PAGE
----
Almost 100% of patients with Birdshot are HLA-A29 positive [21]. Because this correlation is so high, a positive HLA confirmation is often considered necessary for confirmation of the diagnosis. Of patients with HLA-A29 associated birdshot, Kuiper et al. showed that when 23 immune mediators in paired aqueous humor and serum samples were tested, IL-17 was consistently elevated in the aqueous humor [26]. This may suggest that birdshot chorioretinopathy is an autoimmune inflammatory disease restricted to the eye and associated with elevated IL-17 [26].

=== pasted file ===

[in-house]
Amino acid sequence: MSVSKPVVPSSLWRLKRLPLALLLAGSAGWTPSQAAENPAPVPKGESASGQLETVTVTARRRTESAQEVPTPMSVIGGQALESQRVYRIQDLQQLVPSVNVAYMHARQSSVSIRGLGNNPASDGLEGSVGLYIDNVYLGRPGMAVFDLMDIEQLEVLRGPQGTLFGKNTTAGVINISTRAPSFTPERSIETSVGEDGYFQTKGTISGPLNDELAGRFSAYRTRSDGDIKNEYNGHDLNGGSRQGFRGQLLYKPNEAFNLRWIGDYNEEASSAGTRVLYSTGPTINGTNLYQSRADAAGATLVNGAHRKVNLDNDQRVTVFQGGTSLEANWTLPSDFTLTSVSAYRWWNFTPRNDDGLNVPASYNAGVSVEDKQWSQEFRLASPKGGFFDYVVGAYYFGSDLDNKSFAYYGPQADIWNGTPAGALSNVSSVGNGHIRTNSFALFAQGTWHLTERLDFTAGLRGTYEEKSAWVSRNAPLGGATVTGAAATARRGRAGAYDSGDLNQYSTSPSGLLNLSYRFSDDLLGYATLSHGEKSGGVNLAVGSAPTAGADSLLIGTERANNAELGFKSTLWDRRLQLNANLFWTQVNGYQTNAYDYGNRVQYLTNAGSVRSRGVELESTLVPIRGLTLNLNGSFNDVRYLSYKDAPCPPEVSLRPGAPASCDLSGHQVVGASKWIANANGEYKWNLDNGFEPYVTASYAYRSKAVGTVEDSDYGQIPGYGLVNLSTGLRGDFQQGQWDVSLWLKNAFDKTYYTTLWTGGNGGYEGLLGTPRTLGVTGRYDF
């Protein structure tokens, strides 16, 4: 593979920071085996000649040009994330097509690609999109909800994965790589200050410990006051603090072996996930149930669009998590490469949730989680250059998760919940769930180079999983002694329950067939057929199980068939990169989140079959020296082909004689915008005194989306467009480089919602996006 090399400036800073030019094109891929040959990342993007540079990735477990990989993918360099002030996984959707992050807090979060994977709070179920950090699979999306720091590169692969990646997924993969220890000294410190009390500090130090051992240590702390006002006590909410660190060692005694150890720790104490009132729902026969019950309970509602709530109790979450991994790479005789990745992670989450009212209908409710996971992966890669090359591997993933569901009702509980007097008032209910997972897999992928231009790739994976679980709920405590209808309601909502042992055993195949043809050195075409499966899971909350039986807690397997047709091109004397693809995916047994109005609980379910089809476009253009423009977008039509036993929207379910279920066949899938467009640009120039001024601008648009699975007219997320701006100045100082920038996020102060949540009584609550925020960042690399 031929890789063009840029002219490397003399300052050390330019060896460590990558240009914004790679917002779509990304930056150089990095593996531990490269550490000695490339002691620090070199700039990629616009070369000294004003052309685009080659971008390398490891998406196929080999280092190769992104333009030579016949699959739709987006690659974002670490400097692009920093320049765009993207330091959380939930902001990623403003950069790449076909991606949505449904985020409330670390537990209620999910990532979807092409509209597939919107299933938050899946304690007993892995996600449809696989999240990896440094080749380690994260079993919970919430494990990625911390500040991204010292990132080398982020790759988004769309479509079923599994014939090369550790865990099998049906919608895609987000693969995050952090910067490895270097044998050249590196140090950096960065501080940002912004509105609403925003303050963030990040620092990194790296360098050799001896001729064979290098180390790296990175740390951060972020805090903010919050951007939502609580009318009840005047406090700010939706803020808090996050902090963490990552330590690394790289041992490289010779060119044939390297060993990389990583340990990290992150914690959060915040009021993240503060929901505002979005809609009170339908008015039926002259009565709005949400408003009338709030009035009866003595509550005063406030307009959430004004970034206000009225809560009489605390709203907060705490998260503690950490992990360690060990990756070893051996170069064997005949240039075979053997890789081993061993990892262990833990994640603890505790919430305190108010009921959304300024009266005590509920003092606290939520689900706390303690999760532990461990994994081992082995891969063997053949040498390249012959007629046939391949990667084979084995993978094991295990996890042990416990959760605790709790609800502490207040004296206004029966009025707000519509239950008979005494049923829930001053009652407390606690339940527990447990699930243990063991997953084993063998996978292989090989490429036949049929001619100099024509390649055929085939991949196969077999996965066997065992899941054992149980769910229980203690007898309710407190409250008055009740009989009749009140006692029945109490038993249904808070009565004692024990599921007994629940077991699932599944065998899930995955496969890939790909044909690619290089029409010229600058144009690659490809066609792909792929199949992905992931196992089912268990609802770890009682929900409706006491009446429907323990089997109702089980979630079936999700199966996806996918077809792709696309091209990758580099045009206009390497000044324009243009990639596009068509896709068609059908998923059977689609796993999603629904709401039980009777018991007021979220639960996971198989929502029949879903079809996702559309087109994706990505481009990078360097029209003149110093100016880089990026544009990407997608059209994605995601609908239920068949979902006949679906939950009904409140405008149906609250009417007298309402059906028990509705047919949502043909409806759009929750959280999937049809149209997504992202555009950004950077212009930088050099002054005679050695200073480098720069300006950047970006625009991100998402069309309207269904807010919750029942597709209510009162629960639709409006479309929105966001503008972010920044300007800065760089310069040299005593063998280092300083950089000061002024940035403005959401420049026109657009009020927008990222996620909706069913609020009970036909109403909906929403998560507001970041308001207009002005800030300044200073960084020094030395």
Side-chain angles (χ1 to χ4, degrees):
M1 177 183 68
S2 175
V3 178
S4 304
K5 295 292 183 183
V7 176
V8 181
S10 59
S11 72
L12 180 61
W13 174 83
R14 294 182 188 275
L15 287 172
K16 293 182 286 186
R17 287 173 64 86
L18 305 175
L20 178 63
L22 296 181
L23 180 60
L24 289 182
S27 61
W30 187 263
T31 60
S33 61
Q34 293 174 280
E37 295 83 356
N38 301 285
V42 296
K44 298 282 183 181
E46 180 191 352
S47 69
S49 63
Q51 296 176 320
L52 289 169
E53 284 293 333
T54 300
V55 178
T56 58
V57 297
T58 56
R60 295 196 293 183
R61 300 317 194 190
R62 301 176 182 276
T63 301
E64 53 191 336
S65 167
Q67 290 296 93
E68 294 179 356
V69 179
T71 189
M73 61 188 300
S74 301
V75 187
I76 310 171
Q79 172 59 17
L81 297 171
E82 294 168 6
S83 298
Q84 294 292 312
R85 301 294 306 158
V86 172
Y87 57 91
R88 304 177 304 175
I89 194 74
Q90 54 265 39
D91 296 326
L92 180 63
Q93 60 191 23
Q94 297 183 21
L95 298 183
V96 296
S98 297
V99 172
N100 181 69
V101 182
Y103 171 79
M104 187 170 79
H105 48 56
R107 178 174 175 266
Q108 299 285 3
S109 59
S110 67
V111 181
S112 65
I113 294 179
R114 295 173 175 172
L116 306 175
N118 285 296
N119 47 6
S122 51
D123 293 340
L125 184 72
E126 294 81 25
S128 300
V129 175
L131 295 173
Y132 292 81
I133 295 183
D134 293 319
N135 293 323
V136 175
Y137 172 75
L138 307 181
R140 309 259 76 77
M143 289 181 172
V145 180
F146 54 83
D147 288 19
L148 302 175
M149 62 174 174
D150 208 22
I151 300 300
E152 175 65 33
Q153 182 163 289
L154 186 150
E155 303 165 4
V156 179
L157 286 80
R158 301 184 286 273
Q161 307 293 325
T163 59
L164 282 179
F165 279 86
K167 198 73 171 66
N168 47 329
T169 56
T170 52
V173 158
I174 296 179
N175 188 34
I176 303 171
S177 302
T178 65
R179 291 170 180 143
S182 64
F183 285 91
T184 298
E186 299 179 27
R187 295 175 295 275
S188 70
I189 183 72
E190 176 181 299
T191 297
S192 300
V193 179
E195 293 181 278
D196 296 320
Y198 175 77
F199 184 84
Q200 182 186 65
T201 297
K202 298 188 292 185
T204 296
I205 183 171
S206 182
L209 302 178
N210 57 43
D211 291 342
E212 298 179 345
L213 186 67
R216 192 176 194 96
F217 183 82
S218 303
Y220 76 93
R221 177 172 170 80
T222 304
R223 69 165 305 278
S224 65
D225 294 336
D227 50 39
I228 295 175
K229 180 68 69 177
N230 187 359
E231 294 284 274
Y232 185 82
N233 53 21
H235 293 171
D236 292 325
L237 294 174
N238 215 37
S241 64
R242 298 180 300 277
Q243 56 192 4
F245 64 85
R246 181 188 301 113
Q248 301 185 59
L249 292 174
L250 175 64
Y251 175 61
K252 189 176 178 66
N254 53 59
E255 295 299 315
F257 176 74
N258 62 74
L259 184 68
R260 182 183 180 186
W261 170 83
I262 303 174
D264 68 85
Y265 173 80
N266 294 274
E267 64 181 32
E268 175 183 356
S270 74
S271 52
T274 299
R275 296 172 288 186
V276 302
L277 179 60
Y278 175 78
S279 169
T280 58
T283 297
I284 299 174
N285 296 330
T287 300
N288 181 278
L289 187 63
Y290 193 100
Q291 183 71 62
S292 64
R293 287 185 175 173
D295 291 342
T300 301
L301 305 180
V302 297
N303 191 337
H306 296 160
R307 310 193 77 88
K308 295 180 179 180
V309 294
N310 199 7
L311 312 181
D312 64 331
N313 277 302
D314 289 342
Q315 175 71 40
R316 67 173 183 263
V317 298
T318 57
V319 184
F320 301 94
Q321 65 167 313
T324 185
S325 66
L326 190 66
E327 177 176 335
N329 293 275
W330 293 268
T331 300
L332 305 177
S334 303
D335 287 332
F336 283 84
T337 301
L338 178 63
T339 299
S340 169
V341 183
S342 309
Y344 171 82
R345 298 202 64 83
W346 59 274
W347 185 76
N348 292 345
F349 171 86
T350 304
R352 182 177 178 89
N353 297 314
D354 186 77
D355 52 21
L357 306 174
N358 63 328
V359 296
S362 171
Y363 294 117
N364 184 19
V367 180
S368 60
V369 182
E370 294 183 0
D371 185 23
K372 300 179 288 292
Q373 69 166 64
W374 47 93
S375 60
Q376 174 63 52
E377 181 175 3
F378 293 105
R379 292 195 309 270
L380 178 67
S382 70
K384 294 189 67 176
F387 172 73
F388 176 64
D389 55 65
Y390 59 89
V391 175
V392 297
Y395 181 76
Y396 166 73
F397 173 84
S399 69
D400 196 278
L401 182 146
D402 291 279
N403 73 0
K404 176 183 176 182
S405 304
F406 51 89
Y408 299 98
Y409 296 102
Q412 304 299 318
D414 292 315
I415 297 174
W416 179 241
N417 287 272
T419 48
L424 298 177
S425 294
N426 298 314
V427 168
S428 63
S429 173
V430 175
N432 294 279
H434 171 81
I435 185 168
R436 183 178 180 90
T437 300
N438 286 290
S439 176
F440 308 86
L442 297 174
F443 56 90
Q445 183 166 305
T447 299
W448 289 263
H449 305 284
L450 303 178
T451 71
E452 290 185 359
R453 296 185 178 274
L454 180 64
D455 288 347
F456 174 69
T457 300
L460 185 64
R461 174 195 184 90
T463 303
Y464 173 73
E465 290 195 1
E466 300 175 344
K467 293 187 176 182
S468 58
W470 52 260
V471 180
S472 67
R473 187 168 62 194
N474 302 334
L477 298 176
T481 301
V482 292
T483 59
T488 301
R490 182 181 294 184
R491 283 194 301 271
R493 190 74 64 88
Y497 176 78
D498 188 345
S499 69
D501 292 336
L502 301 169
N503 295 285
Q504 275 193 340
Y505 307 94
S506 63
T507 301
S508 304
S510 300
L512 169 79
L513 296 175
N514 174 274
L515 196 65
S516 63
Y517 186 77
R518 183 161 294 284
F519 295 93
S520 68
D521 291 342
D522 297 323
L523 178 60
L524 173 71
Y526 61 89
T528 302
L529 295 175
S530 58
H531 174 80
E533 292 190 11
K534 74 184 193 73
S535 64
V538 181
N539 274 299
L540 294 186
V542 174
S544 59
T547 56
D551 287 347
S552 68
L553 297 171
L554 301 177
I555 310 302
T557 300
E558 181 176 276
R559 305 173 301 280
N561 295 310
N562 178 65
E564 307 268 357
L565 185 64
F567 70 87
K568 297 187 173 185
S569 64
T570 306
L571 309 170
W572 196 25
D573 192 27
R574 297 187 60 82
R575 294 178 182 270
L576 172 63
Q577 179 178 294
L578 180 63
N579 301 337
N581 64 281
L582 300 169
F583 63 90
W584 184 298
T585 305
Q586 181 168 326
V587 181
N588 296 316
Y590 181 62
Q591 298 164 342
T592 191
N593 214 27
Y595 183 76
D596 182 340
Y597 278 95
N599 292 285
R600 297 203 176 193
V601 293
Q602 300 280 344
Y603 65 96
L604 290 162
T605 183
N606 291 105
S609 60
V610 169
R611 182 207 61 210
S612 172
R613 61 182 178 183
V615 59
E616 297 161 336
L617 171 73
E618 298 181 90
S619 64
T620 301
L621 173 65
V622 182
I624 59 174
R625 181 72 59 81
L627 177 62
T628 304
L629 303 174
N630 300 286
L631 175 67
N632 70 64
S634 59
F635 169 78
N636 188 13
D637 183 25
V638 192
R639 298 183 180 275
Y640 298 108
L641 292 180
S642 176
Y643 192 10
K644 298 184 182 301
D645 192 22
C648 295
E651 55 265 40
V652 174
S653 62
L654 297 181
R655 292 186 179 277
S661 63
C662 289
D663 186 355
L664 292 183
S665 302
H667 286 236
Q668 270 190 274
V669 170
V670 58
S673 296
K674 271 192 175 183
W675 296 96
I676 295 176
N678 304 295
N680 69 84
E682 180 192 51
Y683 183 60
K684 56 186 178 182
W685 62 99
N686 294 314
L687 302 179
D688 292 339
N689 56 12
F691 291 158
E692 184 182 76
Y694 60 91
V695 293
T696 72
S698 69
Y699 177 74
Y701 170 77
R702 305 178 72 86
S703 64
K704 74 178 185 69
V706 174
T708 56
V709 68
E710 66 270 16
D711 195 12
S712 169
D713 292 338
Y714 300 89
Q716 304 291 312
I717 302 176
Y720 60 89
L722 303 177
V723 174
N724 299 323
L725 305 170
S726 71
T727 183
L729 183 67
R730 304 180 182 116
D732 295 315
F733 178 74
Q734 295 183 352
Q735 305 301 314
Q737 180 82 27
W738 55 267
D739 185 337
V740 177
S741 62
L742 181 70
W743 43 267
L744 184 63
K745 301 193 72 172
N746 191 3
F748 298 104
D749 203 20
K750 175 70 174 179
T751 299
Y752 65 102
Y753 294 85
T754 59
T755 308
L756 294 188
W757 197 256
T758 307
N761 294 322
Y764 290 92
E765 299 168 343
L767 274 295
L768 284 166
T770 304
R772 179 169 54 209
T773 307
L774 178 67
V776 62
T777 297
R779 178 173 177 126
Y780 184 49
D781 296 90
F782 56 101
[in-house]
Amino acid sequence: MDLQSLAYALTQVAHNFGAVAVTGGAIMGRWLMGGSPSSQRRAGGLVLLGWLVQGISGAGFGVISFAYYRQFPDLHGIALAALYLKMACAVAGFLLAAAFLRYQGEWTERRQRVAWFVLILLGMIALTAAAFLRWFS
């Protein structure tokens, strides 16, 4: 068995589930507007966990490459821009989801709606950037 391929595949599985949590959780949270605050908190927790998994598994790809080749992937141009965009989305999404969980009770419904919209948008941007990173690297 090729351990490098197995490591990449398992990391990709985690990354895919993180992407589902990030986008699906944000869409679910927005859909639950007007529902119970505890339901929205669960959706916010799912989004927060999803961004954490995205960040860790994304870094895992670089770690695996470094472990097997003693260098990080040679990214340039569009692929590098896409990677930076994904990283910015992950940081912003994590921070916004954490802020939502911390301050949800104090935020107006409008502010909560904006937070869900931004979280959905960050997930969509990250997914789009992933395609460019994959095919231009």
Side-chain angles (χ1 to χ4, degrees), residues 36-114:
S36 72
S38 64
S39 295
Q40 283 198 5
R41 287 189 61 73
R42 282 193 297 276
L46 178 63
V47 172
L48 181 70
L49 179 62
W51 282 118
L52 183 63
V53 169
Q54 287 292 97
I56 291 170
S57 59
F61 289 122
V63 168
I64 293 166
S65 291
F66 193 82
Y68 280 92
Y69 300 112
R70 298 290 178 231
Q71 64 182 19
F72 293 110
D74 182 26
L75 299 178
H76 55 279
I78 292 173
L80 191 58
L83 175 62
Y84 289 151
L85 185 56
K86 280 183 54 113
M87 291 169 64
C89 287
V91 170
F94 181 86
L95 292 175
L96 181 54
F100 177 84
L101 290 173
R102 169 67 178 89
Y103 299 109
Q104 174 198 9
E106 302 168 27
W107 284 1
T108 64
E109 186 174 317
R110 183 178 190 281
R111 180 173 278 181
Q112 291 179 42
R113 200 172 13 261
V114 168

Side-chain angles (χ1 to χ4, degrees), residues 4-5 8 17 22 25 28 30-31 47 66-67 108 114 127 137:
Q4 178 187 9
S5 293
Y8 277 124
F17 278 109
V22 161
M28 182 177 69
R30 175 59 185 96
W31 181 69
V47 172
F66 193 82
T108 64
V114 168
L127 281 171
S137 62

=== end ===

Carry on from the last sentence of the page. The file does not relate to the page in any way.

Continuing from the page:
Loss of retinal function is diffuse in birdshot chorioretinopathy as opposed to focal as in many white dot syndromes [23]. The etiology of this global retinal dysfunction may be both secondary to chronic hypoperfusion and changes in the retina pigment epithelium and choroid. The majority of patients have a recurrent course marked by multiple exacerbations and remissions. Vision loss is attributed to cystoid macular edema (one-third of patients), optic atrophy, and rarely choroidal neovascularization. The majority of vision loss is associated with vessel attenuation and optic nerve atrophy [23].